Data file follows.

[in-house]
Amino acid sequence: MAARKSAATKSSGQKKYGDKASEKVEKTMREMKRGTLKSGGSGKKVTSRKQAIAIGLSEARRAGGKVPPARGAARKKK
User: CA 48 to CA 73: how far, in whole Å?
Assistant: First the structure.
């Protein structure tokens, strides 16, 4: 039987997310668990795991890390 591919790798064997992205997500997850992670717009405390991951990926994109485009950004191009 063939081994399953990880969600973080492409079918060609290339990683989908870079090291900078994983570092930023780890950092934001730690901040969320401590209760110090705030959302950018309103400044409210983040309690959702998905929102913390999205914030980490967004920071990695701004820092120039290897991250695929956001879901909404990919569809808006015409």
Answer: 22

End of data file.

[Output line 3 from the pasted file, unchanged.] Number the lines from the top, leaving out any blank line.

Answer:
User: CA 48 to CA 73: how far, in whole Å?